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31 Mar 2022

How behavioural economics is being used to boost employee wellbeing

Did you know that nearly half (43%) of UK diseases are considered preventable? Of these, 88% are linked to our health and wellbeing.

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Meanwhile, a significant number of health risks go unnoticed. Around 50% of heart attacks and strokes are associated with high blood pressure, while high cholesterol is associated with one in four heart and circulatory disease deaths in the UK[2] - both of which tend to be silent killers.
To make matters worse, most of us have an air of complacency when it comes to our health, which doesn’t help when it comes to making better lifestyle choices. This is where behavioural economics can come in, especially in the workplace.  

In the past, organisations traditionally focused more on making money than looking after their staff, but research has proved that a healthier and more productive workforce is better for business. In light of the pandemic, the majority of them are taking notice.

Last year, 96% of small business owners identified mental health as a top priority, while 36% stated that the health and wellbeing of their employees is likely to have the biggest impact on their decision-making over the next year, the 2021 Healthy Hybrid Report revealed.

With employee mental health and physical health intrinsically linked, here are three ways that a structured incentives-based behaviour change programme can be used to incentivise positive lifestyle choices to not only preserve wellbeing but prevent serious illness too.

1. Optimism bias
People are generally overconfident when it comes to their own health and wellbeing. As an example, Vitality member data suggests that 49% of people with four or more risk factors rated their health as ‘good’ during their online health review – suggesting a significant disconnect. However, those who actively decided to assess their Vitality Age – an objective calculation of lifespan and healthspan based on their current lifestyle – went on to reduce it by 1.4 years on average[4] by engaging with healthy behaviours. What this shows is that when people are made aware of this gap, they are more motivated to close it.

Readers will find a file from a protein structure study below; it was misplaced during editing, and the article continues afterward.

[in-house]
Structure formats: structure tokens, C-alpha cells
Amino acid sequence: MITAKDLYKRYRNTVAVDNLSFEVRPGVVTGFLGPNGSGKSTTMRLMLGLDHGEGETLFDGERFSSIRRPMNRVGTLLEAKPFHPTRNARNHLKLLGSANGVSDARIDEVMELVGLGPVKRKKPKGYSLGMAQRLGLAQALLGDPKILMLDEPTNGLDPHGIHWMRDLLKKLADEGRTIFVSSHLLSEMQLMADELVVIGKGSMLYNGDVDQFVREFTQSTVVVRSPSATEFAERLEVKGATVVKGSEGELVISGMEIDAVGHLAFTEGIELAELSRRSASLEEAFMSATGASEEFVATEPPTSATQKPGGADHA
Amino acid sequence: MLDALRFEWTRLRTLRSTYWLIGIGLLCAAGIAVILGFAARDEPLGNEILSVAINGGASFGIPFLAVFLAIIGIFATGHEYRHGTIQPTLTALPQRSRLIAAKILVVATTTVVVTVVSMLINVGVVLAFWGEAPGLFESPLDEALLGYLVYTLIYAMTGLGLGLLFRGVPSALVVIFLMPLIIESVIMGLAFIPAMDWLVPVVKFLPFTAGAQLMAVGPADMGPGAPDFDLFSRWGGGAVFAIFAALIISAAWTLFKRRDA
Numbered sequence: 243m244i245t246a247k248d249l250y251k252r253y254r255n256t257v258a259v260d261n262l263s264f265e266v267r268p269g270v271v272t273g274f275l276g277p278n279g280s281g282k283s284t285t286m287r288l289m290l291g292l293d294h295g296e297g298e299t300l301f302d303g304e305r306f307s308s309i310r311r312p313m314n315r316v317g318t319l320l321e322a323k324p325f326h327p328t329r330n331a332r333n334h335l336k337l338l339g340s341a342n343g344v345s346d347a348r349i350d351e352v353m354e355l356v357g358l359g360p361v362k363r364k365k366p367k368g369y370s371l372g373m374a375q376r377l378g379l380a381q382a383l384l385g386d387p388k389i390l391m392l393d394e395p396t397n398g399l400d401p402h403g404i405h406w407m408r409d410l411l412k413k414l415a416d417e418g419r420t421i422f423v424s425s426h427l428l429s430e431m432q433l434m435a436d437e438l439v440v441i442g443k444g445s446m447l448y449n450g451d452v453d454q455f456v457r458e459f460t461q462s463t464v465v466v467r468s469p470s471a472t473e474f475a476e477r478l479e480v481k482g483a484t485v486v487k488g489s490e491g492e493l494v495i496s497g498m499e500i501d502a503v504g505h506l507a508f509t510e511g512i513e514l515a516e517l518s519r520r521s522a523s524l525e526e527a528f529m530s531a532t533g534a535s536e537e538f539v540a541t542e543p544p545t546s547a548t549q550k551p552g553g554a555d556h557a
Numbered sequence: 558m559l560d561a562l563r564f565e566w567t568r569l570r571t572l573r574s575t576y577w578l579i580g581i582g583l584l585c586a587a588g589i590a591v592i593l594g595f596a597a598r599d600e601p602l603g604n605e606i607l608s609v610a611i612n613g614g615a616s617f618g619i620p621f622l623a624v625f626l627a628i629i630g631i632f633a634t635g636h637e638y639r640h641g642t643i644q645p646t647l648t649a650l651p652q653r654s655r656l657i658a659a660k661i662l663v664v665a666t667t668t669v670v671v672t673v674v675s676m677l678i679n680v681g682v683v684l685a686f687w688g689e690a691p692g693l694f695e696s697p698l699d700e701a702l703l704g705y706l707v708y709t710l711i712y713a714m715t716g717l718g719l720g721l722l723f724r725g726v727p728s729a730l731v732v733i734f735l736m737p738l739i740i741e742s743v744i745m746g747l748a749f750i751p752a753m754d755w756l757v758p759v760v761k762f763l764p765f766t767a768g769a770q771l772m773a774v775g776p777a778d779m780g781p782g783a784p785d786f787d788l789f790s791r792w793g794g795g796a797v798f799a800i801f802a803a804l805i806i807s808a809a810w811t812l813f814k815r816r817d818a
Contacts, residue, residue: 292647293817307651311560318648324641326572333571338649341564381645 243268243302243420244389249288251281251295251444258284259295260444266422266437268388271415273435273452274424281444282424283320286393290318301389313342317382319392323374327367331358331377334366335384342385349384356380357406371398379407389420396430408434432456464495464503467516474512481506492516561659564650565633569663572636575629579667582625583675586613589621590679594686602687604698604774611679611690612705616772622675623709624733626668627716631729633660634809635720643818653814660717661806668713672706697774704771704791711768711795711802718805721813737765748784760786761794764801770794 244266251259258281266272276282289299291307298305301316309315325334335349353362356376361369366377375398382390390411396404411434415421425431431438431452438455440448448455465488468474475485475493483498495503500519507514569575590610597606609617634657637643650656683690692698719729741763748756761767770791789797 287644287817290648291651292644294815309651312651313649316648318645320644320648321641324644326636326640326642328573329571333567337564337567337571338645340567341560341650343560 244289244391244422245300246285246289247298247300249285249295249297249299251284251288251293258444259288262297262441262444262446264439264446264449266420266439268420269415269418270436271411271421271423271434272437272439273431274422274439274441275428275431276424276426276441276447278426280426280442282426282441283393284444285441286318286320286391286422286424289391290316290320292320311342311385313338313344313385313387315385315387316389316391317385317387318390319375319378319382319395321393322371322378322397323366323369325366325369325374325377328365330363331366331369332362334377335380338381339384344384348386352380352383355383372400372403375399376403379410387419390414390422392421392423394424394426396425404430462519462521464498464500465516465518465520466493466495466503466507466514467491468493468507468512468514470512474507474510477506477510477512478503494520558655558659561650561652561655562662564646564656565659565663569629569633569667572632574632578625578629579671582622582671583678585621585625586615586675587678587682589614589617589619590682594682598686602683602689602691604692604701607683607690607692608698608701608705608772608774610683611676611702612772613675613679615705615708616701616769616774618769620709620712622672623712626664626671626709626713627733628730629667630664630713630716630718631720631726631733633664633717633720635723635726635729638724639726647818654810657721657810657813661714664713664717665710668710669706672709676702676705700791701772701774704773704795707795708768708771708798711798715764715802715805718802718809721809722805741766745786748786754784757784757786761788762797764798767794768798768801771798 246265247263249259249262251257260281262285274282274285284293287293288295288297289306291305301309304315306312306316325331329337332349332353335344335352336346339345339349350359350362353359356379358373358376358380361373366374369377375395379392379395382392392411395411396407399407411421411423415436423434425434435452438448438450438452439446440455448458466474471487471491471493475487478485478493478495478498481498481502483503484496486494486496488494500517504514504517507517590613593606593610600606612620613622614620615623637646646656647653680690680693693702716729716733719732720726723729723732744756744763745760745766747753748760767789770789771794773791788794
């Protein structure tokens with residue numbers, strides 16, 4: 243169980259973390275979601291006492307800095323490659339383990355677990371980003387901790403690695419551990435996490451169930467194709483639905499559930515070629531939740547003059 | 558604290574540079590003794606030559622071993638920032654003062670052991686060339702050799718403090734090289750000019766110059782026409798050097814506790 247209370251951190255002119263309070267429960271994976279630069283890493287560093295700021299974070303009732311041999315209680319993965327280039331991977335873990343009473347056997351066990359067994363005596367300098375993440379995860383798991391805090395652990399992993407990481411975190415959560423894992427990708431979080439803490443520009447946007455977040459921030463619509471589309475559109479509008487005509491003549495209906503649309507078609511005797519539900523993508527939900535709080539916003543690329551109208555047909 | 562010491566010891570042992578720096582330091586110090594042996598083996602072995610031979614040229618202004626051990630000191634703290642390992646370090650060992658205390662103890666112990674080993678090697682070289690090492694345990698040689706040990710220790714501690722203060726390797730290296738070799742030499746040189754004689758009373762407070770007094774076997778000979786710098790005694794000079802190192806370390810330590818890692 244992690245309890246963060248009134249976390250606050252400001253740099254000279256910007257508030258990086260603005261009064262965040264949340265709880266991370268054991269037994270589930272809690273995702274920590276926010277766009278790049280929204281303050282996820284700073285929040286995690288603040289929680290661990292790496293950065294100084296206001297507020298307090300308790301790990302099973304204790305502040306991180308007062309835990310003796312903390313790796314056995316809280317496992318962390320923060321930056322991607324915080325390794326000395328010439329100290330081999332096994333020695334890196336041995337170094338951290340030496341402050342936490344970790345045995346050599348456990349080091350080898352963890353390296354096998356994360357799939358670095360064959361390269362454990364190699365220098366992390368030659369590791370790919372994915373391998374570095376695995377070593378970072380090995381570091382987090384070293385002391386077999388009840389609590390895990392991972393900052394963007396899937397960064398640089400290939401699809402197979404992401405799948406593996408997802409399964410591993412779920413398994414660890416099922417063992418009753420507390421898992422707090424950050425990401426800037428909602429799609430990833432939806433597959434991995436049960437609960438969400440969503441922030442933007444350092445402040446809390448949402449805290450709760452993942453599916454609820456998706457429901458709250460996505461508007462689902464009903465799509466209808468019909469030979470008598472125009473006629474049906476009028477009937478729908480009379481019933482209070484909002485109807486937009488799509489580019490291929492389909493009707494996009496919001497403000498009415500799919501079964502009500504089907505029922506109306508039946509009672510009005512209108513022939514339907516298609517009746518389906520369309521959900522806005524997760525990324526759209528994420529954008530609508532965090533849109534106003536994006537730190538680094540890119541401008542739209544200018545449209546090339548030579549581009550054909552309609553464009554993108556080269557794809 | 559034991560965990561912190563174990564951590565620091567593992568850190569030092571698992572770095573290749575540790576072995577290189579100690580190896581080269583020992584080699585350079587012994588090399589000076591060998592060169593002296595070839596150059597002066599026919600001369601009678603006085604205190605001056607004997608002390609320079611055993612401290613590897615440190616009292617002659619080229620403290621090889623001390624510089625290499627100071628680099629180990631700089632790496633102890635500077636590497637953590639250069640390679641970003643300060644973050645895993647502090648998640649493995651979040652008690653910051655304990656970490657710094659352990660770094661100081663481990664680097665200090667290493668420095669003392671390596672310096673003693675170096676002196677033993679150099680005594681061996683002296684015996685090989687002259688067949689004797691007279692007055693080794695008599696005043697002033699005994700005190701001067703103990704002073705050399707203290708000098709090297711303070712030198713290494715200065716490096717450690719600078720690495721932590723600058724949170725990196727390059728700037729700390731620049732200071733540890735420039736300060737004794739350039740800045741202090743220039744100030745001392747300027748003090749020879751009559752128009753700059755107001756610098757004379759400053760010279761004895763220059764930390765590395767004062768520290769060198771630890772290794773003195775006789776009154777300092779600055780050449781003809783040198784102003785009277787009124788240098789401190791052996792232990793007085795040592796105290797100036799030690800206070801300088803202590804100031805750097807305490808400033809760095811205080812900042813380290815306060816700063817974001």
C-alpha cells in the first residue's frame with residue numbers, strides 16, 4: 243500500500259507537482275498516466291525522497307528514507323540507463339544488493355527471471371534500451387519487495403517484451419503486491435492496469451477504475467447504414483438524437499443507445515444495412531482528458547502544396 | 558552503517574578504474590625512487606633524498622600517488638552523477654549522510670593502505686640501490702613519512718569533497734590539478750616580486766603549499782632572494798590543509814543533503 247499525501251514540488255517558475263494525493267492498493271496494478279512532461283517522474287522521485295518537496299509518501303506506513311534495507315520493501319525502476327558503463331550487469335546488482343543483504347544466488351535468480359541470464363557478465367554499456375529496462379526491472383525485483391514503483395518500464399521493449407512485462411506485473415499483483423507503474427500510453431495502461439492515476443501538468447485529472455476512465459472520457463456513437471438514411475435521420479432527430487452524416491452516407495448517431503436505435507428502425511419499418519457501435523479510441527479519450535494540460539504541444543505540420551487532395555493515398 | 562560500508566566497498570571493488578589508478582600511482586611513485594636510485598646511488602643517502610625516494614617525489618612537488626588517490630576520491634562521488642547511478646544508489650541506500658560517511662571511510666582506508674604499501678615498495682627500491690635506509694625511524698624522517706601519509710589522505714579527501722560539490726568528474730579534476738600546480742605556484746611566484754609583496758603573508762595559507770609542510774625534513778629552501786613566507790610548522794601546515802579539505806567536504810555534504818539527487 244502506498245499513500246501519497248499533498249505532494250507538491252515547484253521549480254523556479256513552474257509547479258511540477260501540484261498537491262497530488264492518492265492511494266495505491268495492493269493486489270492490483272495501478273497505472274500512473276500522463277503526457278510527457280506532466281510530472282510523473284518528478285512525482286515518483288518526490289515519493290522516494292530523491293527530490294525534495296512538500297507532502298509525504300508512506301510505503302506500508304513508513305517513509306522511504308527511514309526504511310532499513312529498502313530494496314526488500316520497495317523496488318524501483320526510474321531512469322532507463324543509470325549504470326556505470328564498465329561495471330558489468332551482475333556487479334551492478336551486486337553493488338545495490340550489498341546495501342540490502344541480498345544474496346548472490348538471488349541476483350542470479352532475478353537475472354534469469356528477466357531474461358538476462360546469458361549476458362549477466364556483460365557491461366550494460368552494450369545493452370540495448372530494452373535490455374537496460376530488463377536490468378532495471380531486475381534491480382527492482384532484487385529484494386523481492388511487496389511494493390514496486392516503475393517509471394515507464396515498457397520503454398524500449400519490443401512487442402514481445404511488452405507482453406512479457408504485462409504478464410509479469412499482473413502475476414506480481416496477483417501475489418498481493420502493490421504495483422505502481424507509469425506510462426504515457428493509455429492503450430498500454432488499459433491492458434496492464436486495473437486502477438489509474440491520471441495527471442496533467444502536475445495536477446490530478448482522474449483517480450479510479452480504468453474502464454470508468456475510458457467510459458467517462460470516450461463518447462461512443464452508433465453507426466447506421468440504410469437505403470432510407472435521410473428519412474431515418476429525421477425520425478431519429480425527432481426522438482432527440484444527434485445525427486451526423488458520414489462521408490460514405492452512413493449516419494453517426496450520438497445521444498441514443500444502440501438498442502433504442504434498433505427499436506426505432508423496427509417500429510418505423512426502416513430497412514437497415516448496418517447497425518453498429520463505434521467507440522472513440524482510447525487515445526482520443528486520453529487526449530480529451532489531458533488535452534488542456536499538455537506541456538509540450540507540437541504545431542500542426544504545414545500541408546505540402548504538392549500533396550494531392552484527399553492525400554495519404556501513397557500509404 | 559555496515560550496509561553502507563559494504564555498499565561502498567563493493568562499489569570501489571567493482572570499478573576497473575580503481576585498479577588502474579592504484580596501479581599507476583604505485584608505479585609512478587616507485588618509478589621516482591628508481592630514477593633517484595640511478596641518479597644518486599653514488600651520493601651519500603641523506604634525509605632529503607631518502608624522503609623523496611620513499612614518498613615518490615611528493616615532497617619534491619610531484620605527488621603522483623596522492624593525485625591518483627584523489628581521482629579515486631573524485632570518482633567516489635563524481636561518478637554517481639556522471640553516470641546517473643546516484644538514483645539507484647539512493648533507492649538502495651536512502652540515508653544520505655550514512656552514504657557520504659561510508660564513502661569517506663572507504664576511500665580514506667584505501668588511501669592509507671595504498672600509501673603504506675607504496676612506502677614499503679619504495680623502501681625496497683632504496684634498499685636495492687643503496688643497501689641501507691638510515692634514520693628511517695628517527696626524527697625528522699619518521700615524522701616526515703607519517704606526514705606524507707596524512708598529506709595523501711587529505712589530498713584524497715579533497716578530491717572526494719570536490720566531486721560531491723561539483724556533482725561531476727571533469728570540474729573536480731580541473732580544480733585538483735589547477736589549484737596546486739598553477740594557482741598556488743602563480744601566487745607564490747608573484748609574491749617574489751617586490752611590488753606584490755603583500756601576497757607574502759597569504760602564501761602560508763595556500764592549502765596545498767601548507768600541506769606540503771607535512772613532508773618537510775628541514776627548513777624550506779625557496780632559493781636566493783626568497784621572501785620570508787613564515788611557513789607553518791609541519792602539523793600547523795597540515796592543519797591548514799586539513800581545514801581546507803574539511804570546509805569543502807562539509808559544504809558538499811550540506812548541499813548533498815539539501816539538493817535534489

2. Hyperbolic discounting
Hyperbolic discounting is our tendency to choose instant gratification over even better rewards later down the line. Even though the future benefits of a healthy lifestyle cannot be disputed, human beings are typically more interested in what they can get here and now. Vitality uses Active Rewards as short-term incentives that add extra value and help make healthy living rewarding in the short-term. It works too. Vitality members who redeemed at least one coffee or cinema ticket as a reward for engaging in healthy behaviours, such as physical activity, during the first year of their plan reduced their Vitality Age Gap by 19% more than those who did not.

3. Loss aversion
According to behavioural economics, people tend to dislike losing something twice as much as they like gaining something. Evidence conducted in conjunction with RAND Europe helped prove it. It found that Vitality members who took up a benefit that allowed them to pay nothing for a watch if they stayed active were 34% more active than the average member[5]. Suggesting that, as humans, we are more likely to change our behaviour where losing something is at stake.
Find out more about how Vitality can support the health and wellbeing of your employees.

A version of this article originally appeared on Vitality Adviser Insights Hub

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